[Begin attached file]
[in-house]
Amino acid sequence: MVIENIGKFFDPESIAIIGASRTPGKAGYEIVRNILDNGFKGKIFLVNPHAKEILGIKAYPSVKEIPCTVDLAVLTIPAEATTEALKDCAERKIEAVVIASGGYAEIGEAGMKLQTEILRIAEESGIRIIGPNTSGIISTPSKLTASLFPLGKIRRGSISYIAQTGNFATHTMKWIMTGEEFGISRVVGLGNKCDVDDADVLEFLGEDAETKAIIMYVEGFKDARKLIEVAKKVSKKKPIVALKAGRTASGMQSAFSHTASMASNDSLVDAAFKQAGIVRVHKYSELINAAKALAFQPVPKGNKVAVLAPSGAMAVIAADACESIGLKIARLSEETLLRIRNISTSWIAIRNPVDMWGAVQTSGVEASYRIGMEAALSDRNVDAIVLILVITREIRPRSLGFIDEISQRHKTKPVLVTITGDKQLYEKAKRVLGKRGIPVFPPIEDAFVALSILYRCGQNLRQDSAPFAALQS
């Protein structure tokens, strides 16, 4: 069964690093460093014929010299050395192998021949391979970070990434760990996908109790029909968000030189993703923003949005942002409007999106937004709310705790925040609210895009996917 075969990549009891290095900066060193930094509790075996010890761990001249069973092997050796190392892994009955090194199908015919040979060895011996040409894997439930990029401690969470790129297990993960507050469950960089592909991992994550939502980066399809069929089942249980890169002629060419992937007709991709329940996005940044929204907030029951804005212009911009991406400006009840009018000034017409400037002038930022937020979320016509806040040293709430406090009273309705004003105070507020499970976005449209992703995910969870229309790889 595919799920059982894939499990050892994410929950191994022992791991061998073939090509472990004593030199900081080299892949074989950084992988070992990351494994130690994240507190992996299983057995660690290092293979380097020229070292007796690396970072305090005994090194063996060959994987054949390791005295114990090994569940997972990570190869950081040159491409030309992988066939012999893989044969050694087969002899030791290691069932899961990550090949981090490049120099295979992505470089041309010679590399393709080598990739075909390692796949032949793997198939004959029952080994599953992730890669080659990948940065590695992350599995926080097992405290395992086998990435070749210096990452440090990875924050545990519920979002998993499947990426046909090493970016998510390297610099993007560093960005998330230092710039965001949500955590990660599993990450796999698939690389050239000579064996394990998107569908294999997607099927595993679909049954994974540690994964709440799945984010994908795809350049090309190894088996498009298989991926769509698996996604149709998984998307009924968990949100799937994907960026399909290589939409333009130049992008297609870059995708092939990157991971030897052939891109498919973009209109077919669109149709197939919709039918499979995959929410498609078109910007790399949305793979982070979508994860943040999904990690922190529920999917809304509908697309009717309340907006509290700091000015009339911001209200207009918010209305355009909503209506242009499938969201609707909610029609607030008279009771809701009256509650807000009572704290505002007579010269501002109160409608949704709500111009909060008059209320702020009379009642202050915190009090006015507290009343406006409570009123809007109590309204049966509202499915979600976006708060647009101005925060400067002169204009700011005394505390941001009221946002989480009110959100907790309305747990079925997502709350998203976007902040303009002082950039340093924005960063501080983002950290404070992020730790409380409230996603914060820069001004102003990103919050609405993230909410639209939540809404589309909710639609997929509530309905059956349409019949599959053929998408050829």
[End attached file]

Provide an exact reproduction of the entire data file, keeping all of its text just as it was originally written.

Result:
[in-house]
Amino acid sequence: MVIENIGKFFDPESIAIIGASRTPGKAGYEIVRNILDNGFKGKIFLVNPHAKEILGIKAYPSVKEIPCTVDLAVLTIPAEATTEALKDCAERKIEAVVIASGGYAEIGEAGMKLQTEILRIAEESGIRIIGPNTSGIISTPSKLTASLFPLGKIRRGSISYIAQTGNFATHTMKWIMTGEEFGISRVVGLGNKCDVDDADVLEFLGEDAETKAIIMYVEGFKDARKLIEVAKKVSKKKPIVALKAGRTASGMQSAFSHTASMASNDSLVDAAFKQAGIVRVHKYSELINAAKALAFQPVPKGNKVAVLAPSGAMAVIAADACESIGLKIARLSEETLLRIRNISTSWIAIRNPVDMWGAVQTSGVEASYRIGMEAALSDRNVDAIVLILVITREIRPRSLGFIDEISQRHKTKPVLVTITGDKQLYEKAKRVLGKRGIPVFPPIEDAFVALSILYRCGQNLRQDSAPFAALQS
């Protein structure tokens, strides 16, 4: 069964690093460093014929010299050395192998021949391979970070990434760990996908109790029909968000030189993703923003949005942002409007999106937004709310705790925040609210895009996917 075969990549009891290095900066060193930094509790075996010890761990001249069973092997050796190392892994009955090194199908015919040979060895011996040409894997439930990029401690969470790129297990993960507050469950960089592909991992994550939502980066399809069929089942249980890169002629060419992937007709991709329940996005940044929204907030029951804005212009911009991406400006009840009018000034017409400037002038930022937020979320016509806040040293709430406090009273309705004003105070507020499970976005449209992703995910969870229309790889 595919799920059982894939499990050892994410929950191994022992791991061998073939090509472990004593030199900081080299892949074989950084992988070992990351494994130690994240507190992996299983057995660690290092293979380097020229070292007796690396970072305090005994090194063996060959994987054949390791005295114990090994569940997972990570190869950081040159491409030309992988066939012999893989044969050694087969002899030791290691069932899961990550090949981090490049120099295979992505470089041309010679590399393709080598990739075909390692796949032949793997198939004959029952080994599953992730890669080659990948940065590695992350599995926080097992405290395992086998990435070749210096990452440090990875924050545990519920979002998993499947990426046909090493970016998510390297610099993007560093960005998330230092710039965001949500955590990660599993990450796999698939690389050239000579064996394990998107569908294999997607099927595993679909049954994974540690994964709440799945984010994908795809350049090309190894088996498009298989991926769509698996996604149709998984998307009924968990949100799937994907960026399909290589939409333009130049992008297609870059995708092939990157991971030897052939891109498919973009209109077919669109149709197939919709039918499979995959929410498609078109910007790399949305793979982070979508994860943040999904990690922190529920999917809304509908697309009717309340907006509290700091000015009339911001209200207009918010209305355009909503209506242009499938969201609707909610029609607030008279009771809701009256509650807000009572704290505002007579010269501002109160409608949704709500111009909060008059209320702020009379009642202050915190009090006015507290009343406006409570009123809007109590309204049966509202499915979600976006708060647009101005925060400067002169204009700011005394505390941001009221946002989480009110959100907790309305747990079925997502709350998203976007902040303009002082950039340093924005960063501080983002950290404070992020730790409380409230996603914060820069001004102003990103919050609405993230909410639209939540809404589309909710639609997929509530309905059956349409019949599959053929998408050829």